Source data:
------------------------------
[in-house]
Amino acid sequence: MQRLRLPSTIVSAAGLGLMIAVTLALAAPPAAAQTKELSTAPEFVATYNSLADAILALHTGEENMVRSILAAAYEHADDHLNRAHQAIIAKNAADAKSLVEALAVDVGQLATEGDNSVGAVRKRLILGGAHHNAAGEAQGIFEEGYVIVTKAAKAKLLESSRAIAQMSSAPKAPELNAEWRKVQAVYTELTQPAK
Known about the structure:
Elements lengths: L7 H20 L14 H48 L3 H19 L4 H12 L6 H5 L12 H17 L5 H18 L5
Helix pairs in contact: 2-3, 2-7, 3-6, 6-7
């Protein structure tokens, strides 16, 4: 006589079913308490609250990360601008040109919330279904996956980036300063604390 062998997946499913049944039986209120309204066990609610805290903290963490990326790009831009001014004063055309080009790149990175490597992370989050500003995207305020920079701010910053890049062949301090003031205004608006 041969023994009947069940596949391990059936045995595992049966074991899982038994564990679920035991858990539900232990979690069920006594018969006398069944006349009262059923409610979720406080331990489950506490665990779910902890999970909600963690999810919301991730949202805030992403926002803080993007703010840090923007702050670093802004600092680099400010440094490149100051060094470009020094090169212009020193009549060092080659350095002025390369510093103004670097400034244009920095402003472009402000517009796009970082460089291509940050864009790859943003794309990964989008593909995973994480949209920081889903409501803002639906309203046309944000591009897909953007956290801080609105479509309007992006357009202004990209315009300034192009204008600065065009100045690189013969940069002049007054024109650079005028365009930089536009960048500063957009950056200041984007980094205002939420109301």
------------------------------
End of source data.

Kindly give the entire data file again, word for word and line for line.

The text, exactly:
[in-house]
Amino acid sequence: MQRLRLPSTIVSAAGLGLMIAVTLALAAPPAAAQTKELSTAPEFVATYNSLADAILALHTGEENMVRSILAAAYEHADDHLNRAHQAIIAKNAADAKSLVEALAVDVGQLATEGDNSVGAVRKRLILGGAHHNAAGEAQGIFEEGYVIVTKAAKAKLLESSRAIAQMSSAPKAPELNAEWRKVQAVYTELTQPAK
Known about the structure:
Elements lengths: L7 H20 L14 H48 L3 H19 L4 H12 L6 H5 L12 H17 L5 H18 L5
Helix pairs in contact: 2-3, 2-7, 3-6, 6-7
């Protein structure tokens, strides 16, 4: 006589079913308490609250990360601008040109919330279904996956980036300063604390 062998997946499913049944039986209120309204066990609610805290903290963490990326790009831009001014004063055309080009790149990175490597992370989050500003995207305020920079701010910053890049062949301090003031205004608006 041969023994009947069940596949391990059936045995595992049966074991899982038994564990679920035991858990539900232990979690069920006594018969006398069944006349009262059923409610979720406080331990489950506490665990779910902890999970909600963690999810919301991730949202805030992403926002803080993007703010840090923007702050670093802004600092680099400010440094490149100051060094470009020094090169212009020193009549060092080659350095002025390369510093103004670097400034244009920095402003472009402000517009796009970082460089291509940050864009790859943003794309990964989008593909995973994480949209920081889903409501803002639906309203046309944000591009897909953007956290801080609105479509309007992006357009202004990209315009300034192009204008600065065009100045690189013969940069002049007054024109650079005028365009930089536009960048500063957009950056200041984007980094205002939420109301």